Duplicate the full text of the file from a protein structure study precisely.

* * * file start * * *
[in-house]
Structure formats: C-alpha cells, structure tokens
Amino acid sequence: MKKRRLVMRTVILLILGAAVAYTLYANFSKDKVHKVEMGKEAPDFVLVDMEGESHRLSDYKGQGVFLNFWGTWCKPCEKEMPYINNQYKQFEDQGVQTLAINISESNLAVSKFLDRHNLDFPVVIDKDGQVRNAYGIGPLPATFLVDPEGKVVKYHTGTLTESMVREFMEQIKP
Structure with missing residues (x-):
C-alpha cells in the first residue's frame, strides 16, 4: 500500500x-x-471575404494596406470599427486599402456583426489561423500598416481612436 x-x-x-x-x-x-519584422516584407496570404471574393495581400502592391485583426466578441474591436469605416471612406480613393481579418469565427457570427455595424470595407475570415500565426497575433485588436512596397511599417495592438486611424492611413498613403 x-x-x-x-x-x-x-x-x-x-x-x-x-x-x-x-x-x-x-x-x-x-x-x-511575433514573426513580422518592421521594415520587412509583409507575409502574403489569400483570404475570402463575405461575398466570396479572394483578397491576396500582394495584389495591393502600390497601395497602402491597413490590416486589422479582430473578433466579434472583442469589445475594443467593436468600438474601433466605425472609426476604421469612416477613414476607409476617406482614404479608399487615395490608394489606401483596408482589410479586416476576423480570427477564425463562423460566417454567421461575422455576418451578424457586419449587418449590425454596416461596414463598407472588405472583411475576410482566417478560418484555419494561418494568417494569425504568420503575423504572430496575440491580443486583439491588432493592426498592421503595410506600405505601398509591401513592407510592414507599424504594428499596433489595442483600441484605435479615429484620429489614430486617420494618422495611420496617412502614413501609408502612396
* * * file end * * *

[in-house]
Structure formats: C-alpha cells, structure tokens
Amino acid sequence: MKKRRLVMRTVILLILGAAVAYTLYANFSKDKVHKVEMGKEAPDFVLVDMEGESHRLSDYKGQGVFLNFWGTWCKPCEKEMPYINNQYKQFEDQGVQTLAINISESNLAVSKFLDRHNLDFPVVIDKDGQVRNAYGIGPLPATFLVDPEGKVVKYHTGTLTESMVREFMEQIKP
Structure with missing residues (x-):
C-alpha cells in the first residue's frame, strides 16, 4: 500500500x-x-471575404494596406470599427486599402456583426489561423500598416481612436 x-x-x-x-x-x-519584422516584407496570404471574393495581400502592391485583426466578441474591436469605416471612406480613393481579418469565427457570427455595424470595407475570415500565426497575433485588436512596397511599417495592438486611424492611413498613403 x-x-x-x-x-x-x-x-x-x-x-x-x-x-x-x-x-x-x-x-x-x-x-x-511575433514573426513580422518592421521594415520587412509583409507575409502574403489569400483570404475570402463575405461575398466570396479572394483578397491576396500582394495584389495591393502600390497601395497602402491597413490590416486589422479582430473578433466579434472583442469589445475594443467593436468600438474601433466605425472609426476604421469612416477613414476607409476617406482614404479608399487615395490608394489606401483596408482589410479586416476576423480570427477564425463562423460566417454567421461575422455576418451578424457586419449587418449590425454596416461596414463598407472588405472583411475576410482566417478560418484555419494561418494568417494569425504568420503575423504572430496575440491580443486583439491588432493592426498592421503595410506600405505601398509591401513592407510592414507599424504594428499596433489595442483600441484605435479615429484620429489614430486617420494618422495611420496617412502614413501609408502612396